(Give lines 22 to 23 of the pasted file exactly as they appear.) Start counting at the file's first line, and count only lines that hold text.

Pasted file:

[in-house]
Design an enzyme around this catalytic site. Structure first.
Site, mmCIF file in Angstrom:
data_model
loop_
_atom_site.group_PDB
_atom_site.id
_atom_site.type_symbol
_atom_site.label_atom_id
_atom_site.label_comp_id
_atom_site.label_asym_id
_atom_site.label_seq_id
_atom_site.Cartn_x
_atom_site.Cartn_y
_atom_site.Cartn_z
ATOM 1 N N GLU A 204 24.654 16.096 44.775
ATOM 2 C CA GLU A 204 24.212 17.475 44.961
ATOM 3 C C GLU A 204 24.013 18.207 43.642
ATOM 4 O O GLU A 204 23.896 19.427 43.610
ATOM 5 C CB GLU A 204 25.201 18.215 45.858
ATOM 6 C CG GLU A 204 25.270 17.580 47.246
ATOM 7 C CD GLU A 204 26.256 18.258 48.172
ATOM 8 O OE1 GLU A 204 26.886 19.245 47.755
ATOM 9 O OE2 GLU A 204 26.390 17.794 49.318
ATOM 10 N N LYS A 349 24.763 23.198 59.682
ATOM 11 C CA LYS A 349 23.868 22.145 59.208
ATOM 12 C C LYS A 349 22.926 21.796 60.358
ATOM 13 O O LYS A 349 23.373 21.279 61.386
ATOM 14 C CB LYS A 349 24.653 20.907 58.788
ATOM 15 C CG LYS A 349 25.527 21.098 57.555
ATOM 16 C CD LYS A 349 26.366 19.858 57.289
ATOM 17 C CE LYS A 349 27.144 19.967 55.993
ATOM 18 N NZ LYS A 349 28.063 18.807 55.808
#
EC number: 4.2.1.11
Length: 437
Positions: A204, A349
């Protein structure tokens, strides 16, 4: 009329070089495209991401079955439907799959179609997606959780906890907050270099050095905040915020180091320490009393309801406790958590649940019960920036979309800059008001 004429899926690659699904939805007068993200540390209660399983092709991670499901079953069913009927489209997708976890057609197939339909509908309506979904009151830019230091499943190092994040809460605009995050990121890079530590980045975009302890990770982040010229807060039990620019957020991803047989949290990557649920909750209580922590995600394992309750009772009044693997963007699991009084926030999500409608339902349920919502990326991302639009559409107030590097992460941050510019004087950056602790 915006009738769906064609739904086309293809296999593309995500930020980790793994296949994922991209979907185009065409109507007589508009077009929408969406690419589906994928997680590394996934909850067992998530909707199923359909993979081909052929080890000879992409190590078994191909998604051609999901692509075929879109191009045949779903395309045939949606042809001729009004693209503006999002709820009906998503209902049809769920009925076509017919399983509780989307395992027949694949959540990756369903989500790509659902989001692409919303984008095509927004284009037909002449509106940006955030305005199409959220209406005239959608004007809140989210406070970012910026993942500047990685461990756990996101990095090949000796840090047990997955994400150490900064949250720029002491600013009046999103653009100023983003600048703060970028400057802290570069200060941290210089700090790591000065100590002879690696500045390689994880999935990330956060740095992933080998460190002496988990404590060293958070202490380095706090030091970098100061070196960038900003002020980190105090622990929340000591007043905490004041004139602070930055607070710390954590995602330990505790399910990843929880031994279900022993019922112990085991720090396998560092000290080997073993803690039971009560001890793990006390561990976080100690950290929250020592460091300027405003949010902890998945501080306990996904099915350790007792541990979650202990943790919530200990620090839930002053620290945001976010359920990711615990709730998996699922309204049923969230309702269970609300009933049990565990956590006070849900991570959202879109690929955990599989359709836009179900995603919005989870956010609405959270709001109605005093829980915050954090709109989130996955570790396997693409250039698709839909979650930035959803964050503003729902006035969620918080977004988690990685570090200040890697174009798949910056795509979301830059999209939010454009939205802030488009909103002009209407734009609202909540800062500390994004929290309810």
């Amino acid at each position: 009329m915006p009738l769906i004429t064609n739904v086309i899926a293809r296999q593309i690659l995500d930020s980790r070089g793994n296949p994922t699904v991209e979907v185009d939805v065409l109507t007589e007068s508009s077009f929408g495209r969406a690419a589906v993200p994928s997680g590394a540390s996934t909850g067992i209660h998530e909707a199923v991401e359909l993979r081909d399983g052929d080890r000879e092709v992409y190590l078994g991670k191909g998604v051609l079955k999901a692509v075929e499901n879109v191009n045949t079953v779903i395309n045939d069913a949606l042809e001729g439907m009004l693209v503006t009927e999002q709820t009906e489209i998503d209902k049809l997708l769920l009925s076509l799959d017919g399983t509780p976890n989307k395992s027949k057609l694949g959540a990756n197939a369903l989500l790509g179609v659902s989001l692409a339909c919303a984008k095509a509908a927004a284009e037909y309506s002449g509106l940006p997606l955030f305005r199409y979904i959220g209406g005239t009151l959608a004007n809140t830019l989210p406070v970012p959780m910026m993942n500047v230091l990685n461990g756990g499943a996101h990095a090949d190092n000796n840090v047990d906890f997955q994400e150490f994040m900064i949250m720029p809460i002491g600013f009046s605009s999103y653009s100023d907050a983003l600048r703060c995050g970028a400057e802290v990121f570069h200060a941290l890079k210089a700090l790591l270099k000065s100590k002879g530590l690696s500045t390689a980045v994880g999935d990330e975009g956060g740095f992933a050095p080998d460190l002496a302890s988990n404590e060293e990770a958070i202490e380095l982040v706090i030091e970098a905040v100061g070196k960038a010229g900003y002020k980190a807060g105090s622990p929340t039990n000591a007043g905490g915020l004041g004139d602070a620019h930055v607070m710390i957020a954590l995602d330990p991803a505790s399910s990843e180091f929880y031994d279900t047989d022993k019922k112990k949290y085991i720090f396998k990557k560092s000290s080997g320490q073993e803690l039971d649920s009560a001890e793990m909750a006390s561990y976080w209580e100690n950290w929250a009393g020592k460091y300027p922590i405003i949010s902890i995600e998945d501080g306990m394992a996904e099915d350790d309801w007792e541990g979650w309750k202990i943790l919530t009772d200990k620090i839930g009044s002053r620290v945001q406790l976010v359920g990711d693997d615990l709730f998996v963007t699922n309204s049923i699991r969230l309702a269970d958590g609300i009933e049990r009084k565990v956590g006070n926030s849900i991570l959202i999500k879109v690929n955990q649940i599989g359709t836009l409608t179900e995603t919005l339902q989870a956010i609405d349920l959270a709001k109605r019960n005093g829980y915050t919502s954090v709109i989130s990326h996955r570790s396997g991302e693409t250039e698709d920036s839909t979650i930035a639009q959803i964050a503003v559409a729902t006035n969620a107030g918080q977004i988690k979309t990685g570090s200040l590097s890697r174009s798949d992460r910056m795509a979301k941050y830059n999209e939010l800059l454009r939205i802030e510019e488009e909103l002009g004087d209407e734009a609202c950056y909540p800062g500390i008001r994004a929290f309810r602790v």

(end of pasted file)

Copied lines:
ATOM 7 C CD GLU A 204 26.256 18.258 48.172
ATOM 8 O OE1 GLU A 204 26.886 19.245 47.755